Tears of joy flowed following Craig Moore’s penalty  vs Croatia at the 2006 World Cup. Tears of joy flowed following Craig Moore’s penalty vs Croatia at the 2006 World Cup. Images: Getty Images

That one Japanese goal in extra time in the final – you would have got your noggin on that cross, wouldn’t you?

David Carney has come out and put his hand up and said he made the wrong decision ... Space doesn’t score goals, and there was nobody in that near post area for him to cover. Carney had to stay with his man. Don’t get me wrong, it was one of those things. The boys did extremely well and we really dominated that final, and it was really a tough one to take. For a few of those boys it might be their last chance to lift some silverware.

I’ve read over the years suggestions that the star egos in the Socceroo team tend to clash a bit, that they’re not the greatest mates. Is that a true picture?

Nah. No. If you’d asked me that two or three years ago, potentially there looked like there could have been a few people getting ahead of themselves ...

Eyeing the captaincy?

No, not so much – more competitive for marketing opportunities rather than what they do on the football field, and for me that’s certainly settled down and this squad has been a tight-knit squad. Sure, there’s players who keep themselves to themselves, and then there’s players like me who want to be involved in everything.

Harry Kewell’s been one of those blokes who falls into the “keep to themselves” category, hasn’t he?

Harry’s certainly not a loner – I’ve got on fantastically well throughout my career with Harry. But he is a type who feels comfortable with certain people and maybe not everybody, and at times maybe a little standoffish, but the way he’s been he’s had to protect himself from a very young age from people who he maybe thought wanted to know him for the wrong reasons. But he doesn’t think he’s a superstar. Not at all.

He’s copped some serious criticism on blogs and from certain journos, I reckon without a lot of regard for some of the injuries he’s had to carry and deal with. Agree?

The thing is, unfortunately, every time you cross that white line the fans just think you’re 100 percent fit because you’re on that field playing, not knowing the details that maybe you’re carrying an injury and there’s a lot of pressure for you to be out there, maybe from your manager. I’ve been in the situation where I’ve been at Rangers where you’re carrying injuries and felt that maybe you should be sitting that game out, but the pressure was on. Don’t get me wrong: you had to want to do that for yourself, but the flipside is that if you go out and struggle, people don’t know that you weren’t 100 percent fit. They just think you put in a bad performance.

You left Brisbane Roar pretty dramatically last year when the new coach, Ange Postecoglou, came in. What happened there?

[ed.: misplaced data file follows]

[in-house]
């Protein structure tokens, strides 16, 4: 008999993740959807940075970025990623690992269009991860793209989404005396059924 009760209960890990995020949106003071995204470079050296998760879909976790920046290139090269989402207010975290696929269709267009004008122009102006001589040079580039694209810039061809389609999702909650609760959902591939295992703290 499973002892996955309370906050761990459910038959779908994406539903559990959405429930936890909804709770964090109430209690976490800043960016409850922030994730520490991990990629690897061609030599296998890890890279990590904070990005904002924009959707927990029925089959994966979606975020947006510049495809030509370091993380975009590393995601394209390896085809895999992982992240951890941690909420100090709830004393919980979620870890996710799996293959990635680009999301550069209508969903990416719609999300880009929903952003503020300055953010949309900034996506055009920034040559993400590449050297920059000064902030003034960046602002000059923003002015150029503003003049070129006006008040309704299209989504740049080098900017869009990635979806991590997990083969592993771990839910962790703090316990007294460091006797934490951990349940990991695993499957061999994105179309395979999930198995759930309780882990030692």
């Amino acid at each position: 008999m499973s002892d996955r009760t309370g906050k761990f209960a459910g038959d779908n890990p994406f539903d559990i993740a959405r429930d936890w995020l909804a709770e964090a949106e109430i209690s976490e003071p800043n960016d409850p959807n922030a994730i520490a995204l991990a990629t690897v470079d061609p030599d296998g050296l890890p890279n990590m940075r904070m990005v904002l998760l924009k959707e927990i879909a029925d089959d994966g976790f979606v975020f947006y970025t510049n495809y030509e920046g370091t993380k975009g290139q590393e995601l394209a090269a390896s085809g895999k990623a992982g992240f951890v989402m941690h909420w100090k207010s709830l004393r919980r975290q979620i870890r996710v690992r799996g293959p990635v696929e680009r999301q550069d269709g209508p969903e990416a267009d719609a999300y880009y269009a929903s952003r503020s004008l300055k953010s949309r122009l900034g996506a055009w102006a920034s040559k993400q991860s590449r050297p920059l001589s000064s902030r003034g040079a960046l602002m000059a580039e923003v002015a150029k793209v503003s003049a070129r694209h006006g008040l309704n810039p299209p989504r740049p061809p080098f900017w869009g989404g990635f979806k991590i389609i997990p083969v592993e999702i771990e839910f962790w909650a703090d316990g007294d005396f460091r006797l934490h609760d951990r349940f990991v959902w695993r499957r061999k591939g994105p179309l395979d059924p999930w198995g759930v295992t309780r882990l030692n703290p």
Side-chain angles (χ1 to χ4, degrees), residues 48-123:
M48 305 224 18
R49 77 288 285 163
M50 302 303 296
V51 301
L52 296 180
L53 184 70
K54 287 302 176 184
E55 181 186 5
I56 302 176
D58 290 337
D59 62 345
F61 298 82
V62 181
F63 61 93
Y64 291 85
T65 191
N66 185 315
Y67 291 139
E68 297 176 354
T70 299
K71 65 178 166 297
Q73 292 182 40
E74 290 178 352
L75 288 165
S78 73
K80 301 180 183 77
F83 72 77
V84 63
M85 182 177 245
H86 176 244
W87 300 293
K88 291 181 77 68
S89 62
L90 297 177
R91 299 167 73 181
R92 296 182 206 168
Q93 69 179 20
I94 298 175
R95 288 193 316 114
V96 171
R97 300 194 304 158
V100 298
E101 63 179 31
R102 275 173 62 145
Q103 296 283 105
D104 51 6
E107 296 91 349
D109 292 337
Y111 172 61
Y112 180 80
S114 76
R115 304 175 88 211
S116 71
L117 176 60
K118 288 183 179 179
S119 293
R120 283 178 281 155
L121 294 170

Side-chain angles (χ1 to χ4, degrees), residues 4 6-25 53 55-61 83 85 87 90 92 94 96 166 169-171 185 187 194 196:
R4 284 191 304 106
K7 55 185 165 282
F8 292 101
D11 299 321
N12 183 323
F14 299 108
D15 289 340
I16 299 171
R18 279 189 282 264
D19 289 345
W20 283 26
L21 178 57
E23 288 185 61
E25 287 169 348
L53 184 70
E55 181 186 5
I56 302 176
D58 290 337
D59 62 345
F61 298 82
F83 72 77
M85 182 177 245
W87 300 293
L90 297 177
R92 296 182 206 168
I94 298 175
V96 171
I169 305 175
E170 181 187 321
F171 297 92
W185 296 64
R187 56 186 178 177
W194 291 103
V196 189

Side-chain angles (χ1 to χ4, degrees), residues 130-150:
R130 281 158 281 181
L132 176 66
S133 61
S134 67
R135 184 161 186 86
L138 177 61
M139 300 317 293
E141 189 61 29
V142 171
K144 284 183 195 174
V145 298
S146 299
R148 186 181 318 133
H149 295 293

We have no problems whatsoever. I was the first person to congratulate him on the way the team’s gone this year – he’s done an exceptional job. I guess there was a time there where I was a bit unhappy with the way things were going. Just in general at the club. For me to go to the (2010) World Cup, it was always understood I’d have to go and play overseas to stay in condition, and the way the Brisbane Roar came out and said it was either “me or Ange Postecoglou, take it or leave it”, all those sorts of things, I was disappointed. Apart from not lifting a trophy, I had two very good years there. We were always there or there abouts ... They could have said, “We understand his passion to play in another World Cup and we’re supportive of him leaving to play.” That way they come out of it well.

But they didn’t say that ...

No, they didn’t. I can guarantee you I have left every club on good terms, looking the right people in the eyes, shaking their hands and saying thanks very much, and then within a day or two seen all sorts of carnage in the newspapers. That’s happened four times to me. Anybody who knows me knows I’m a straight shooter – it’s not like I’m difficult to deal with, but I certainly won’t be ducking and diving behind people’s backs and talking rubbish. I’ll speak to them directly and look them between the eyes, and all those clubs I left on what I thought were good terms. Unfortunately you cannot control what’s said later. And a lot of people, influential people at those clubs, they’re saying things to make themselves look better or give the fans a side they want to hear ...

And the Roar made you out to be the bad guy?

Well, yeah. I mean, even before Ange came they were trying to say it was a boys’ club, that [coach] Frank Farina used to come down to the Gold Coast and play poker with me. I saw Frankie the other day at an exhibition match up in Townsville, and we had a little chuckle because that is the first time I have ever seen Frank Farina outside of football. In my whole career. I worked under Frank for the national team, and obviously at the Brisbane Roar, and Frank Farina has always been a manager who’s there at training, there on match day, but you’d never ever see him outside of that. He’d never ever mingle with the players. Never. So hearing stories from our chairman that Frank Farina is down playing poker at my house, I said, “Mate, you don’t even know your own manager.” I don’t dislike anybody. At first there was a little awkwardness with Ange, but I went up and shook his hand and it just broke the ice and he realised that I certainly don’t have any issues, and I know that he doesn’t have any issues with me – we’ve spoken on quite a number of occasions since then. I’d also certainly help Brisbane Roar players in any way, for any reason. My time at Brisbane Roar was a success without lifting a trophy. The club was a great bunch of people.